When it appeared as though Lone Mountain College would close in 1978, then-USF President John Lo Schiavo, S.J. saw an opportunity to help shape the university’s future. The purchase of the Lone Mountain property paved the way for a range of advancements at USF, including a larger student body and a wider variety of majors. Without Lone Mountain, USF wouldn’t be what it is today.
The year was 1978 and the University of San Francisco was hurting. Like colleges across the country, USF faced declining enrollment as the last of the Baby Boomers moved through their college years. Finances were tight. It was hardly the time to buy property.
Yet that’s precisely what then-President John Lo Schiavo, S.J. had in mind when it looked as though Lone Mountain College would close and its 23-acre property with panoramic views of the city would be for sale.
“I was bound and determined to not let this possibility pass us by,” said Fr. Lo Schiavo, now USF chancellor. “I didn’t want my successors 50 years from now to think, ‘Who was this jackass who passed up the opportunity to buy the most valuable piece of real estate in San Francisco?’”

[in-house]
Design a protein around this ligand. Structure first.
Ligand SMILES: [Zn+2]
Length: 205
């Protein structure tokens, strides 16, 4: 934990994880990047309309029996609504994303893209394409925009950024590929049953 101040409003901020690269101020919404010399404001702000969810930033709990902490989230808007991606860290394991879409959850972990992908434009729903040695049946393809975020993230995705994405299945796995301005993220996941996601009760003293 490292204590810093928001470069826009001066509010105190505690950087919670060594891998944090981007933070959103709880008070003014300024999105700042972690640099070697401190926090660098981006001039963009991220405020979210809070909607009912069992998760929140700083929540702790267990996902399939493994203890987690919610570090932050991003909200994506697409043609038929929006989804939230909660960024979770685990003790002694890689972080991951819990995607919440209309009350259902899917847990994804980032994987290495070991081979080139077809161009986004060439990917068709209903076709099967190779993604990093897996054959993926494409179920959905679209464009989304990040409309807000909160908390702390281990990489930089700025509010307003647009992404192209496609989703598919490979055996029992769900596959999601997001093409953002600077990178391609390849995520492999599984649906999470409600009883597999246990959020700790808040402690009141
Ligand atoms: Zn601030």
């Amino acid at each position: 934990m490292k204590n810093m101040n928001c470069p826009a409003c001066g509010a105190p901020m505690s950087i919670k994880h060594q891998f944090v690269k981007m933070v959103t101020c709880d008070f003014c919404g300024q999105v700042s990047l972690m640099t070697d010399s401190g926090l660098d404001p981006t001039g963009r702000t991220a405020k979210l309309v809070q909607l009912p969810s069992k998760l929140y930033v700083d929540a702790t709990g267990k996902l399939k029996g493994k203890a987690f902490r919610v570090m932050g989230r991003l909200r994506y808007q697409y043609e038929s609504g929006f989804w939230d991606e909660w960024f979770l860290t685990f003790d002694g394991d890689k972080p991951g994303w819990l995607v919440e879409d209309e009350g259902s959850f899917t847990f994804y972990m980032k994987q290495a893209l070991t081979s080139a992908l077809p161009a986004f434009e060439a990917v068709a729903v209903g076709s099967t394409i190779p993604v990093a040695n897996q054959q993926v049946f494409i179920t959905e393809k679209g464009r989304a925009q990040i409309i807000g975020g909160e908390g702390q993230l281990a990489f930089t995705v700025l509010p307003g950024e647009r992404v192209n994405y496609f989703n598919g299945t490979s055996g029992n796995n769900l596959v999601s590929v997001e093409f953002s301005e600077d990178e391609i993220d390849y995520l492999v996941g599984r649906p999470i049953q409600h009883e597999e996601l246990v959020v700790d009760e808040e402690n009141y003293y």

That may be hyperbole, but it’s no exaggeration to say that the purchase of Lone Mountain was a defining moment of Fr. Lo Schiavo’s presidency and one of the most significant events in USF’s history. With the purchase, USF almost doubled its physical size and, most importantly, paved the way for other advancements.
Lone Mountain’s importance is clear from the moment prospective students set foot on USF’s campus. Admission tours begin on Lone Mountain, instantly stamping it as an integral—and postcard perfect—part of USF. “When students get up here, they say, ‘Oh my god, this is so cool. What a view you have,’” said BJ Johnson, vice provost and dean for academic and enrollment services.
But Lone Mountain’s importance extends far beyond its picturesque appearance. Since acquiring the property and the accompanying Spanish Gothic building, USF has made the campus its own, remodeling some existing dorm rooms into classrooms and offices, and transforming the building’s chapel into One Stop, the central location for key offices such as the registrar and financial aid. The university also extensively renovated the old Lone Mountain auditorium and turned it into offices for business and finance, and information technology services.